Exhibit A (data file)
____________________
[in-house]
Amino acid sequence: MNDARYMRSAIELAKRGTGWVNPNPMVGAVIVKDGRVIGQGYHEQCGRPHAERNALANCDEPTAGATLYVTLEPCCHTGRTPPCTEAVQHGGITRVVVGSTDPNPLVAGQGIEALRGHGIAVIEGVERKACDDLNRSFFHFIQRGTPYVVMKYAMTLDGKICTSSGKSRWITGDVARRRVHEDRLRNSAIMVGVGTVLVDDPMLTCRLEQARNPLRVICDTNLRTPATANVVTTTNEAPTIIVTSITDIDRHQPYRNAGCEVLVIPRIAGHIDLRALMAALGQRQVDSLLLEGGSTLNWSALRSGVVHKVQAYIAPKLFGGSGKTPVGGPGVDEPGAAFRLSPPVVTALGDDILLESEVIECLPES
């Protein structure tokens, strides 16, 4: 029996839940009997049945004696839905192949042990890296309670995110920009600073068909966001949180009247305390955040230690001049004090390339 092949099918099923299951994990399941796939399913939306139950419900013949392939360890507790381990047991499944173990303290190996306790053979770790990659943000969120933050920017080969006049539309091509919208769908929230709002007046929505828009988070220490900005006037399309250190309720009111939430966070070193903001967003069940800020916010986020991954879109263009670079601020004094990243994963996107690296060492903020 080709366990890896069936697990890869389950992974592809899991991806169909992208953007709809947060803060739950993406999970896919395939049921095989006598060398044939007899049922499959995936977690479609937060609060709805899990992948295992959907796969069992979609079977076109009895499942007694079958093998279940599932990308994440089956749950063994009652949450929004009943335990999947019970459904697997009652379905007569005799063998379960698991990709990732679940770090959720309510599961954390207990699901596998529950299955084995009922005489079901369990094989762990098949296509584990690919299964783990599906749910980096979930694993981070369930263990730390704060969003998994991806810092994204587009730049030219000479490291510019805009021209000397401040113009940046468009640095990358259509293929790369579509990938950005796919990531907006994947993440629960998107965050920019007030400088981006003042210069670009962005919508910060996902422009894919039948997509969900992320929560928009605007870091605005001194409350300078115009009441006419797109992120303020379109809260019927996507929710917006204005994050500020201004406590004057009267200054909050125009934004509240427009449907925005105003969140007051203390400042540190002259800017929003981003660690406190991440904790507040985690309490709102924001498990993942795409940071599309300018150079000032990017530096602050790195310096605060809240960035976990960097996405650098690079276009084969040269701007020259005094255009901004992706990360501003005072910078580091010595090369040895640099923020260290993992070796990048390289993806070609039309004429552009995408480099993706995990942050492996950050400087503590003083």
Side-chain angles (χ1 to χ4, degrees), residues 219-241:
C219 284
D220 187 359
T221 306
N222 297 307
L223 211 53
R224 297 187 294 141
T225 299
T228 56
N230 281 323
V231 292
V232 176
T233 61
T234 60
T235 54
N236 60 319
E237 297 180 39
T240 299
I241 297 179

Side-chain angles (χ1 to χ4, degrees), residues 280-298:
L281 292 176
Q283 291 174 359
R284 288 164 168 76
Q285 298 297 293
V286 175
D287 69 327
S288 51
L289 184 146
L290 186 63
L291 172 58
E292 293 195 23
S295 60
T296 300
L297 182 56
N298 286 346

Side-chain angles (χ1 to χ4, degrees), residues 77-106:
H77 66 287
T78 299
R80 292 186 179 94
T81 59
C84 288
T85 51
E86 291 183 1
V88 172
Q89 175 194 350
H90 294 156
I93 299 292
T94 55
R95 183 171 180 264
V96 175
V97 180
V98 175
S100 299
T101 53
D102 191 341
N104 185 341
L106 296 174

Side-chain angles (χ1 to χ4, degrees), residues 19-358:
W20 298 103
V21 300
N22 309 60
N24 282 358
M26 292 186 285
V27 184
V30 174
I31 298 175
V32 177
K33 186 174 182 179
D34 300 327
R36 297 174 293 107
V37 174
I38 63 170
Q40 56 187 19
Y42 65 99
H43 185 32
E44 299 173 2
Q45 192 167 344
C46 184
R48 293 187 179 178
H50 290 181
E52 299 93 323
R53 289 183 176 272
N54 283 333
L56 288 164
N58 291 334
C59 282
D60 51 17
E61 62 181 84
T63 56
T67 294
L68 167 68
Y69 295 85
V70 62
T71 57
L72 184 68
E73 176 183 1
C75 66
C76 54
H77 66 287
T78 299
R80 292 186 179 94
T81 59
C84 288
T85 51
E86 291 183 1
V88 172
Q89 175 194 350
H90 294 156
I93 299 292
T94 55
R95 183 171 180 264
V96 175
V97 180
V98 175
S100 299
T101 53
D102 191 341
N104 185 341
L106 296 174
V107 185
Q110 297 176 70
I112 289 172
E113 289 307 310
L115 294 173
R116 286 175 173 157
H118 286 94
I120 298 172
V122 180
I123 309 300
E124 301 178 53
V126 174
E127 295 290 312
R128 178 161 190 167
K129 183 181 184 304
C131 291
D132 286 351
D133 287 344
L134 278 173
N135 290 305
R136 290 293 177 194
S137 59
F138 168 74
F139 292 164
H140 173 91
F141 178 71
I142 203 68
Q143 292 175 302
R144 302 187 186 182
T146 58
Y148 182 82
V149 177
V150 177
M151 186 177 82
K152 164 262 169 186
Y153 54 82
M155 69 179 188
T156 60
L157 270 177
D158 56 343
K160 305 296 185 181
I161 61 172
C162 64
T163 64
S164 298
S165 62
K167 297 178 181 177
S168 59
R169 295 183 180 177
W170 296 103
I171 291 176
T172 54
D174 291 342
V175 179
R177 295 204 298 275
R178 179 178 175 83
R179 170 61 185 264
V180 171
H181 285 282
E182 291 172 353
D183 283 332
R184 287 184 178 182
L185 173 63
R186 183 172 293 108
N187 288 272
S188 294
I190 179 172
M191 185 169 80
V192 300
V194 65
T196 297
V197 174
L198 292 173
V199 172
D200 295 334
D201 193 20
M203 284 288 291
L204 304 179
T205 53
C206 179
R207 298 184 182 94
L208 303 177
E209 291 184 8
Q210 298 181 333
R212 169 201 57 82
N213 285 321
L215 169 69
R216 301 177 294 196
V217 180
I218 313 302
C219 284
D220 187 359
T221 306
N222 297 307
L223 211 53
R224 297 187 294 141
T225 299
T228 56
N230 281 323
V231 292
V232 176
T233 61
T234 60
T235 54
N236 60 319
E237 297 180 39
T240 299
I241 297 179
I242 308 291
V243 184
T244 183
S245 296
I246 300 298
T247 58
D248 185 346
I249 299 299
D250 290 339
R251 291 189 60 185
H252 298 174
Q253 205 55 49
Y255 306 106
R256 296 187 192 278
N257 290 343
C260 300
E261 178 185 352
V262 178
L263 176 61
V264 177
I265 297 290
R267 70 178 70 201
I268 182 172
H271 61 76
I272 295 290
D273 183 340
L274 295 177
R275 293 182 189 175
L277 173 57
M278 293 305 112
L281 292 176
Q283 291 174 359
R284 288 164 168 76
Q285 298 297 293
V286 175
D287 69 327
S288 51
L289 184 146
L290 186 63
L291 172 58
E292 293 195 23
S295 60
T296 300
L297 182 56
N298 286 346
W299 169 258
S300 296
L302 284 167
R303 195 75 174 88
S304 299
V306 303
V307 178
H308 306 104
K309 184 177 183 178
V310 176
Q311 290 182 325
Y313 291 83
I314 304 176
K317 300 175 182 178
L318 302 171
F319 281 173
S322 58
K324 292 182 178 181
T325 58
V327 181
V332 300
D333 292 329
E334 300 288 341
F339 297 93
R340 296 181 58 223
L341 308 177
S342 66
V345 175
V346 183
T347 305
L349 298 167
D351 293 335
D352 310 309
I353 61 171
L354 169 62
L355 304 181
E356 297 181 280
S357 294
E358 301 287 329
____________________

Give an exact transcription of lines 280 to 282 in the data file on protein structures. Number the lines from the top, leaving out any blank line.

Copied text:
S304 299
V306 303
V307 178